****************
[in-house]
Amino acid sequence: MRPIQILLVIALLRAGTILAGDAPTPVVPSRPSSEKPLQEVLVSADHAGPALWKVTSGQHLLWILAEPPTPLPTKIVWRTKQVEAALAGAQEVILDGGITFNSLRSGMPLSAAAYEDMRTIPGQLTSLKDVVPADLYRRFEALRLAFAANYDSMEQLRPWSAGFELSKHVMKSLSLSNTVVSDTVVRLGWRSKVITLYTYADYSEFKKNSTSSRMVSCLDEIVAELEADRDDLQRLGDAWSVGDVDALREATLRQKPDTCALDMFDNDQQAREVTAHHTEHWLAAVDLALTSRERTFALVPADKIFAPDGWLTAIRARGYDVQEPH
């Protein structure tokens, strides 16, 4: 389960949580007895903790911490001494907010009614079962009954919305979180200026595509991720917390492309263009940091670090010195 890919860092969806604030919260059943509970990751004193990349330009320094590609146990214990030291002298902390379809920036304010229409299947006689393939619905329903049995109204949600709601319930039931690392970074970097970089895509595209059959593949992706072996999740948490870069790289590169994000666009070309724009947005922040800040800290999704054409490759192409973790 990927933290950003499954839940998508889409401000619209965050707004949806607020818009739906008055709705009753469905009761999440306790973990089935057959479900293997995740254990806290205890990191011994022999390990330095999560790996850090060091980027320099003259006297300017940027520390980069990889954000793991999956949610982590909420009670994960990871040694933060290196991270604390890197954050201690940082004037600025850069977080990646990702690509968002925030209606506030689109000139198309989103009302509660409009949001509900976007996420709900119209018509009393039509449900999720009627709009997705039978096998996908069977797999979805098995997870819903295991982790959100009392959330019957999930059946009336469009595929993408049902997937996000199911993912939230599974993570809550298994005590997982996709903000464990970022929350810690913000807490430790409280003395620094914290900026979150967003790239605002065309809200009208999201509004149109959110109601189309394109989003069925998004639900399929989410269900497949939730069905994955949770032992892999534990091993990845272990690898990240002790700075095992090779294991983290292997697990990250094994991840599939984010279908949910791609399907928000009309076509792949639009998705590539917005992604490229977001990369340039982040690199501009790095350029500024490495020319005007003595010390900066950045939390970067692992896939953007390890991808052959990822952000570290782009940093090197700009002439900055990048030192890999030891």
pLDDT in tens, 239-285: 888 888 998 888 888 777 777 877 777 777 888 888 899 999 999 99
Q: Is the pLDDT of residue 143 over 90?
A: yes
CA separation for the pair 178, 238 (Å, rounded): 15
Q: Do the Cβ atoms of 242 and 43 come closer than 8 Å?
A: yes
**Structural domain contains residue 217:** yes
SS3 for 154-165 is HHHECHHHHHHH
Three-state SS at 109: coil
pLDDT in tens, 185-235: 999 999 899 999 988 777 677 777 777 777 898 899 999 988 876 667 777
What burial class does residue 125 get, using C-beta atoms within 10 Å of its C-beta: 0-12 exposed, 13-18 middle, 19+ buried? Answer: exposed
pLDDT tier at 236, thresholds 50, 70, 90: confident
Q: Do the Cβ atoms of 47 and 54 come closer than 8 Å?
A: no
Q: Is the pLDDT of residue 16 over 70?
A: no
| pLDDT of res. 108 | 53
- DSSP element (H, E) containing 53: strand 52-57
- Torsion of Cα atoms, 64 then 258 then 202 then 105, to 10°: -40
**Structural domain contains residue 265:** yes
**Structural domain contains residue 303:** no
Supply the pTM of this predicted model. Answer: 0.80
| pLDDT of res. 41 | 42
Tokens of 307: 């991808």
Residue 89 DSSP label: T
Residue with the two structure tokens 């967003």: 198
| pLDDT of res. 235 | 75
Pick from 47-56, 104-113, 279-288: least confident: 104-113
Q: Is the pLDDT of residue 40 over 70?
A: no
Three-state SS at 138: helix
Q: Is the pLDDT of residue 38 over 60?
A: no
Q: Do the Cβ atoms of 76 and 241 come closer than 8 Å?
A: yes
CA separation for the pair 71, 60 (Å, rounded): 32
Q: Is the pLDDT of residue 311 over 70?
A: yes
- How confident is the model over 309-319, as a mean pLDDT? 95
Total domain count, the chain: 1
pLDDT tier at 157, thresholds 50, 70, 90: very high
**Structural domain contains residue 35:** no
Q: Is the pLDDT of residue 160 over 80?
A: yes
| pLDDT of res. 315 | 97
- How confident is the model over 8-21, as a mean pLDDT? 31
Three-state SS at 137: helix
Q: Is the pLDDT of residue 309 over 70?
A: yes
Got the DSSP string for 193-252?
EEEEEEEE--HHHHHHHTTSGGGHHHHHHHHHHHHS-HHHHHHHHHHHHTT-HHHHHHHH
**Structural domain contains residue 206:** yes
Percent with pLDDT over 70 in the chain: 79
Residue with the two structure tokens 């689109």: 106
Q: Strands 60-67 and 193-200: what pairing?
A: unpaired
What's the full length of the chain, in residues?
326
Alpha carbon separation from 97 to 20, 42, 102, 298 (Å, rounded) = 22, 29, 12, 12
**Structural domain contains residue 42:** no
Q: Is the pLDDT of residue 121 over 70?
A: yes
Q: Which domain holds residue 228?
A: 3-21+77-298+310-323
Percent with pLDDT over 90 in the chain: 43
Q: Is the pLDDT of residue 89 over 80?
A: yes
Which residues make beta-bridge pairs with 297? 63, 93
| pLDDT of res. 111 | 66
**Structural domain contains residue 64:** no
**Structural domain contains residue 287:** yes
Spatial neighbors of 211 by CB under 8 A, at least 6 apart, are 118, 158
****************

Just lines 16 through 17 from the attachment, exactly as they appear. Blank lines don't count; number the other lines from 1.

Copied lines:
Q: Do the Cβ atoms of 47 and 54 come closer than 8 Å?
A: no